WALKING PUB TRIP – 10.11.2020
On a Tuesday evening, a few days into lockdown 2.0, I met up with a friend, Jess, and we went for a wander through London. We bought g&ts in a supermarket we passed along the way and joked that we didn’t need to sit down with a drink in order to have the pub experience. Exercising outside with a member of another household is allowed: walking, talking, and occasionally taking sips of a nice drink is therefore well within the rules.
As we wandered through central, walking from Oxford Street to Marylebone, via Pall Mall and Piccadilly Circus, we remarked on how normal it had become to see the city so empty of other people. Some shops had boarded up their windows and others had shuttered over their displays. Jess told me how on the way to meet me, she had seen shop workers being taught how to decorate the store windows with Christmas decorations. I imagined them walking around the glassy display, noiseless and mute to the outside world, readying a shop for a time which they may never be open in. On New Bond Street, some designer shops had drawn translucent curtains across their windows. The displays within continued to glitter behind the material, creating luminous patches of light and piercing gaps in the curtain.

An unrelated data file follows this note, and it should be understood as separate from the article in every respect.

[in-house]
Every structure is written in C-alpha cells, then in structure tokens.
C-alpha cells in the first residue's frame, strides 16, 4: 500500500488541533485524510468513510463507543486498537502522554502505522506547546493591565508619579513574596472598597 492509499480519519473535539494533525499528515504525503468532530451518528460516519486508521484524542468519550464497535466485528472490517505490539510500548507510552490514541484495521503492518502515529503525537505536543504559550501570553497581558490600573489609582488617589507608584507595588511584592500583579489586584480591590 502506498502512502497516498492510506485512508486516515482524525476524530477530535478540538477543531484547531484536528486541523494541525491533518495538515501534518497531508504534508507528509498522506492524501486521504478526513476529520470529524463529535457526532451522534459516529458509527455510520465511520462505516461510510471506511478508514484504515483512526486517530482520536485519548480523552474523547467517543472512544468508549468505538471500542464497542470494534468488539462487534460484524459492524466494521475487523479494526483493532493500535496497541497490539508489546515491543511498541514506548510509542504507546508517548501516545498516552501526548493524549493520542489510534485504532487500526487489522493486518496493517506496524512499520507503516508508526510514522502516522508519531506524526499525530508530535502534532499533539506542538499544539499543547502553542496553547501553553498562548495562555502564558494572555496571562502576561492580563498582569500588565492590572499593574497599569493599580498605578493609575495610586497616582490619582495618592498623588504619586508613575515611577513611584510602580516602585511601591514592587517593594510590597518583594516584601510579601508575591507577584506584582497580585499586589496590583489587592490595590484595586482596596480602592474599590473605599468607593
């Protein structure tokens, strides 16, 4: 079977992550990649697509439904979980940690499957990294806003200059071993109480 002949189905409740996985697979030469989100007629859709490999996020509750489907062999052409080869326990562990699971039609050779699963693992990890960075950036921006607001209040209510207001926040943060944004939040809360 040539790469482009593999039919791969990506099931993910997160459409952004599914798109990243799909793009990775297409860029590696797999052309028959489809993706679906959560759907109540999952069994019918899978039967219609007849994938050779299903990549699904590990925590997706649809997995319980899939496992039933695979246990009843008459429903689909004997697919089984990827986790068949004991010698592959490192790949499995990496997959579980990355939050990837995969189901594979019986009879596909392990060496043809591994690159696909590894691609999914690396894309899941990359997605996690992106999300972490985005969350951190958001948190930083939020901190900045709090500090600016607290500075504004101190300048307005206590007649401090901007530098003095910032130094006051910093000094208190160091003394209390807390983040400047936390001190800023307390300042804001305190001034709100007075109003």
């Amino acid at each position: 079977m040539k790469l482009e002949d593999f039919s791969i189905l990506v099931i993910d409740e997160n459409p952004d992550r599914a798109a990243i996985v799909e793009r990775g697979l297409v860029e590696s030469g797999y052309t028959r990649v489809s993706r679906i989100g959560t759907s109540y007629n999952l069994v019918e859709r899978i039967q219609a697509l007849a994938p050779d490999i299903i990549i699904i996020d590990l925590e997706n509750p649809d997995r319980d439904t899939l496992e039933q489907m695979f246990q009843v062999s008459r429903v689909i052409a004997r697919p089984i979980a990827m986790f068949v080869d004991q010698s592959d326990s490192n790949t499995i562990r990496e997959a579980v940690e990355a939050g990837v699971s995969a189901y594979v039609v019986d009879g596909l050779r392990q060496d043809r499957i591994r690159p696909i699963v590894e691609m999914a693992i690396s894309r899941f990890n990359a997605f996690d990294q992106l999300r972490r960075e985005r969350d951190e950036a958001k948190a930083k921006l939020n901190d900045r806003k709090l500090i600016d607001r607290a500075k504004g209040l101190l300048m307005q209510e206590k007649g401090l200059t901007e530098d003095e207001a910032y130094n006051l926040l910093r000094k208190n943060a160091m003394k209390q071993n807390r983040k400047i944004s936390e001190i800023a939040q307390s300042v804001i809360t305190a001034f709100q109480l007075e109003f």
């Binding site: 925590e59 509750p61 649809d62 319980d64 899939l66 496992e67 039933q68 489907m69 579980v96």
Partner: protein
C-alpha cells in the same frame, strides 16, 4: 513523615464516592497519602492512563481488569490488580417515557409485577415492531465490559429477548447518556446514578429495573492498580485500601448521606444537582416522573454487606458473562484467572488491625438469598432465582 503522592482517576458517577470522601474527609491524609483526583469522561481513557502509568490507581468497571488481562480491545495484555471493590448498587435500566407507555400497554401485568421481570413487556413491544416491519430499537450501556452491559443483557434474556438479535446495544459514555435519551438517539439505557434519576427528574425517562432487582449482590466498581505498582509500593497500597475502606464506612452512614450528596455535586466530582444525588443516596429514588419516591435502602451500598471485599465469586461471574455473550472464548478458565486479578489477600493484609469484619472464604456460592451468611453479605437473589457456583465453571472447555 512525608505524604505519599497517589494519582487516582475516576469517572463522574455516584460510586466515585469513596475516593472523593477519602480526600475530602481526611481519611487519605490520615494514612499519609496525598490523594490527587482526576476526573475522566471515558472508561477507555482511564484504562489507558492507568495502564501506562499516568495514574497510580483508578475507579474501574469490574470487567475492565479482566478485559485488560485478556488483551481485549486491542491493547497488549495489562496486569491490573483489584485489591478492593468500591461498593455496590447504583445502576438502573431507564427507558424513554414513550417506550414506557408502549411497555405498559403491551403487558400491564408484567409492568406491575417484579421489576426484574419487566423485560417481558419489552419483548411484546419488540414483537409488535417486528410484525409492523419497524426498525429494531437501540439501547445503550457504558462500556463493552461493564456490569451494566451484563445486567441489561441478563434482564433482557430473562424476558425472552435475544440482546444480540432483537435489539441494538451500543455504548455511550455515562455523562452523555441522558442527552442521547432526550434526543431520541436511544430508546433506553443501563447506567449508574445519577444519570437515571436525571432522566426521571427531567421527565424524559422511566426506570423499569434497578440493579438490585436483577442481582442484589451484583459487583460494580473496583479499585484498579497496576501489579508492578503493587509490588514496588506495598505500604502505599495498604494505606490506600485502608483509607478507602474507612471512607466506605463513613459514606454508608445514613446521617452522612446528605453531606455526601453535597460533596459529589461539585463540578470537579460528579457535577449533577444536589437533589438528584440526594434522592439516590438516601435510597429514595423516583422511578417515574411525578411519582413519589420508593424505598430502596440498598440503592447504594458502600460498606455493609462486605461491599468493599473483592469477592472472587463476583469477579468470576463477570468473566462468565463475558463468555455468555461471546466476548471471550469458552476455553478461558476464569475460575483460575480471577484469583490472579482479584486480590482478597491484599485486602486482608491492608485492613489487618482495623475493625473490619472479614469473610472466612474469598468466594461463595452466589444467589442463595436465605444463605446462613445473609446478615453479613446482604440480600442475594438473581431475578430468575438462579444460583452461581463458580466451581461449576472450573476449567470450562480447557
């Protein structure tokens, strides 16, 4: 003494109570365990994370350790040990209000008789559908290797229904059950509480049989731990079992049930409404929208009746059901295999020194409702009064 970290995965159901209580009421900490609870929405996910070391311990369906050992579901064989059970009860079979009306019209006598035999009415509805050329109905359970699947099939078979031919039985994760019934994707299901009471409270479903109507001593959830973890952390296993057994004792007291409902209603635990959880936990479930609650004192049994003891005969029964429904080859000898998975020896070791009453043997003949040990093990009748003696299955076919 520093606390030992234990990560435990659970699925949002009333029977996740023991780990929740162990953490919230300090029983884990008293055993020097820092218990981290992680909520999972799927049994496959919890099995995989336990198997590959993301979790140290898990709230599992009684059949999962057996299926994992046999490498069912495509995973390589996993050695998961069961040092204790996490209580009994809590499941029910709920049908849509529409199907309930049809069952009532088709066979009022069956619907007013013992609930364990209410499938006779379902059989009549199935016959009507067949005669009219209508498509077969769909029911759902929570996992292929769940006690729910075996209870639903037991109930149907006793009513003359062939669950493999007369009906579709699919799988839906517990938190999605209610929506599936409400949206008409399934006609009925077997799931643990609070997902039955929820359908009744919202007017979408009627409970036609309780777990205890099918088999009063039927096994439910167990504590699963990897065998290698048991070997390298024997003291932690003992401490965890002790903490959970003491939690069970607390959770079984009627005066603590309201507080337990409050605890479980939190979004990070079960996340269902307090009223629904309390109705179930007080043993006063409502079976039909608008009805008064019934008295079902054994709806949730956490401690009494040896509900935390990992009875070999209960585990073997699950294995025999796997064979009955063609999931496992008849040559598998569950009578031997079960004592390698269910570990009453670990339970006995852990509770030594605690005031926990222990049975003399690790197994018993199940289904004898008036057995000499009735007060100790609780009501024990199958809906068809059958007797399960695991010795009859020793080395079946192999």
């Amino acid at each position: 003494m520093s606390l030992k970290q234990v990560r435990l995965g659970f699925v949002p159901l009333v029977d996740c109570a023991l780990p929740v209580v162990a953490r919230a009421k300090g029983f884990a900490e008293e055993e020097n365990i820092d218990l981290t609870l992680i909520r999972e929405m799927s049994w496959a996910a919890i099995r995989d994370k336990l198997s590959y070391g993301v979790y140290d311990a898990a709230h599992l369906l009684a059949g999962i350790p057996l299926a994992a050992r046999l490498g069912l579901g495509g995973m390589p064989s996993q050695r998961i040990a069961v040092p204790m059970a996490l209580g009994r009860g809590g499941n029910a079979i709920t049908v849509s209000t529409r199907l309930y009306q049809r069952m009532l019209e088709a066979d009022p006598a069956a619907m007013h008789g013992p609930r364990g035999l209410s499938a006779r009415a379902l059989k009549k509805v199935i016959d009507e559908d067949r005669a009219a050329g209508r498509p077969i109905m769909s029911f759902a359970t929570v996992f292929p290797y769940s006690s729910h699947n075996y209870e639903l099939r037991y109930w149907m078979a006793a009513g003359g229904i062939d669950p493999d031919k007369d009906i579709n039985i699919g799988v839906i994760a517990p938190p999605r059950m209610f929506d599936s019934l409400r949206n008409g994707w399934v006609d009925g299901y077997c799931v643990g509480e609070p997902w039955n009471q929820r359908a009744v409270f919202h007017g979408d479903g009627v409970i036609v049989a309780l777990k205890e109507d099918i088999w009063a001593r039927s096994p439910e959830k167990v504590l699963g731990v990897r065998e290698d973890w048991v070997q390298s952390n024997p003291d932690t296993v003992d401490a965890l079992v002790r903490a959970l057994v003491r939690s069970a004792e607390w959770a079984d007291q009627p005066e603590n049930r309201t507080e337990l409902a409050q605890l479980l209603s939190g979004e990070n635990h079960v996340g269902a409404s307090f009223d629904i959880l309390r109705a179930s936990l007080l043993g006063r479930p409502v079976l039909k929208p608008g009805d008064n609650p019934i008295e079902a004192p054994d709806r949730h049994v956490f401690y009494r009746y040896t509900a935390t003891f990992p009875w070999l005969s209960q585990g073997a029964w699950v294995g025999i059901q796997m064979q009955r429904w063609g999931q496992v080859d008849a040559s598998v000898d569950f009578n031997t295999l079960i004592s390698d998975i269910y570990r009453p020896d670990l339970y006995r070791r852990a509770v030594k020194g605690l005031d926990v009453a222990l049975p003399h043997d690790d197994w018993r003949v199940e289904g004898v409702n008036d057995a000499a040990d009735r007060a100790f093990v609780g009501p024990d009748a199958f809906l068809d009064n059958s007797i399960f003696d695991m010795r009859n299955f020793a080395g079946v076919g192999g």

Stepping off New Bond Street and walking down into Lancashire Court, we walked past a couple on a socially distanced date. They were hidden away in the narrow street, which would normally be teeming with bar goers, drinking their pints and cocktails out on the pavement. Instead, it was quiet apart from the laughter of the couple. They sat on the steps of the bar entrance and shared a bottle of wine, each holding a glass.
Then, we walked through the outdoor seating area of a cocktail bar. It was now closed, although the lights were on inside and there was someone sitting at one of the tables, working on their laptop. Jess and I meandered through the arch of fake flowers which marked the entrance to the outdoor section of the bar, over the astro turf and between the floral pillars which demarcated the territory of the seating area, and out through another arch of flowers to exit. Music blared from the speakers above: all that was missing were the customers.
As we walked, we caught up on each other’s lives and drank our tin can gin and tonics. We remarked on how we hoped to be back in a pub soon, whether we were allowed inside or not. But we also appreciated the surrealism of the experience, as we took ‘the pub’ for a walk.
Julia Lasica. With thanks to Jess.